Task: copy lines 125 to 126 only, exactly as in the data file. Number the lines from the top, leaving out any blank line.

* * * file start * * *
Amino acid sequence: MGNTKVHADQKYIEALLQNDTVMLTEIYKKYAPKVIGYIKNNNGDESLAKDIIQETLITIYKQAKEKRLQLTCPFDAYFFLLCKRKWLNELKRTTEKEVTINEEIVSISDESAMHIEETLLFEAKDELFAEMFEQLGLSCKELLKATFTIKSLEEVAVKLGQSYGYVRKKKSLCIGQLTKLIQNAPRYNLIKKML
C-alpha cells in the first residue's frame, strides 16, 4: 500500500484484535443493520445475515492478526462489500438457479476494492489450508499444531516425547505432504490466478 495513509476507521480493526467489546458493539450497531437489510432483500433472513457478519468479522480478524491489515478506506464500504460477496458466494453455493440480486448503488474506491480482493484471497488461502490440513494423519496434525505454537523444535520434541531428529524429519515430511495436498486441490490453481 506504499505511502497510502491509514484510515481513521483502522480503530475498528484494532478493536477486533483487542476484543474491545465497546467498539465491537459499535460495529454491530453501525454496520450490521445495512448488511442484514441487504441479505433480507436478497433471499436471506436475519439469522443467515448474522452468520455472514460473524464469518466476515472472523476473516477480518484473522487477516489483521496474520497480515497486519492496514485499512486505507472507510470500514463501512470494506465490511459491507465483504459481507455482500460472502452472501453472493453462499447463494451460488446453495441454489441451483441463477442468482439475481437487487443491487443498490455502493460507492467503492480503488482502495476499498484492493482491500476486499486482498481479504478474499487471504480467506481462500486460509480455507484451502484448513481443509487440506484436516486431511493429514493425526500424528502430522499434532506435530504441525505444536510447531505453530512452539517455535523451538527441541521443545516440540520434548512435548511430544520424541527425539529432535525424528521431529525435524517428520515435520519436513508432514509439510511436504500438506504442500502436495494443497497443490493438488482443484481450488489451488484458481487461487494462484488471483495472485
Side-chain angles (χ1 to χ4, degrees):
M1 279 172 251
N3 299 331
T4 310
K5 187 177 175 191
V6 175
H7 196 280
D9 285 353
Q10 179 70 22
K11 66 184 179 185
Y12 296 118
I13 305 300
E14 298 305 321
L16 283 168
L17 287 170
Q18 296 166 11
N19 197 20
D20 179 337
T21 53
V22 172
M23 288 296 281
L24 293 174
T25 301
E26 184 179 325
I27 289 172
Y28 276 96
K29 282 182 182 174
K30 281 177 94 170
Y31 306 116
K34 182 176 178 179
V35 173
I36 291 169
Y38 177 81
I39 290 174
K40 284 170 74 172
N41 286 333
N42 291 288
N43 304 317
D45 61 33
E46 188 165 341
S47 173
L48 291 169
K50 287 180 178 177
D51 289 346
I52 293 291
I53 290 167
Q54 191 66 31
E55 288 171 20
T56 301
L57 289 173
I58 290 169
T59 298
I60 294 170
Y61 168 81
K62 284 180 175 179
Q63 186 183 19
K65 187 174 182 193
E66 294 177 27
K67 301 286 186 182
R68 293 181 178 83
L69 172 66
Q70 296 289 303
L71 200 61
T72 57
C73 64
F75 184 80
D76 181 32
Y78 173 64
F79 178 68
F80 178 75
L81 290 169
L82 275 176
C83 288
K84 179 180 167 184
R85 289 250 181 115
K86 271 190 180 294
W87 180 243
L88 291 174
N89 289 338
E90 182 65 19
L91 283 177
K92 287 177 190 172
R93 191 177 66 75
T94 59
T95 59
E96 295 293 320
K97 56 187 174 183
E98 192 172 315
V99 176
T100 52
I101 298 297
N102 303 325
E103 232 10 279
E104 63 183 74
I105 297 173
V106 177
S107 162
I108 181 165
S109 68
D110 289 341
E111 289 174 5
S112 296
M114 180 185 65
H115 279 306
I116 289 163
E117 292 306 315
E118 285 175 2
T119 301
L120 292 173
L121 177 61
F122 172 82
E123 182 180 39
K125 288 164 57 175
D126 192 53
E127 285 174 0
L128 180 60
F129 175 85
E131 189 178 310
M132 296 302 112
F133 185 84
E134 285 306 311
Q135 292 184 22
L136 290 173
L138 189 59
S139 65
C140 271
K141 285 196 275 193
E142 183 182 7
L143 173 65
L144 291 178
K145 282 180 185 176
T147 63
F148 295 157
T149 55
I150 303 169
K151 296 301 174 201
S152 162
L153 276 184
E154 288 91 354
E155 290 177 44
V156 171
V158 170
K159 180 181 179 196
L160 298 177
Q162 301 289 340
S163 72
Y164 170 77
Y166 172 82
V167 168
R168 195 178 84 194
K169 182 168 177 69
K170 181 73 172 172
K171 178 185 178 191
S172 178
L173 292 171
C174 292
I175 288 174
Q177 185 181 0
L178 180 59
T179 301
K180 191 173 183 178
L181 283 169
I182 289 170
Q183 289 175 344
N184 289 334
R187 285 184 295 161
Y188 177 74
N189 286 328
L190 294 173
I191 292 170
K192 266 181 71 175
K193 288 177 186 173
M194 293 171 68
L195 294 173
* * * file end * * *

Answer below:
L136 290 173
L138 189 59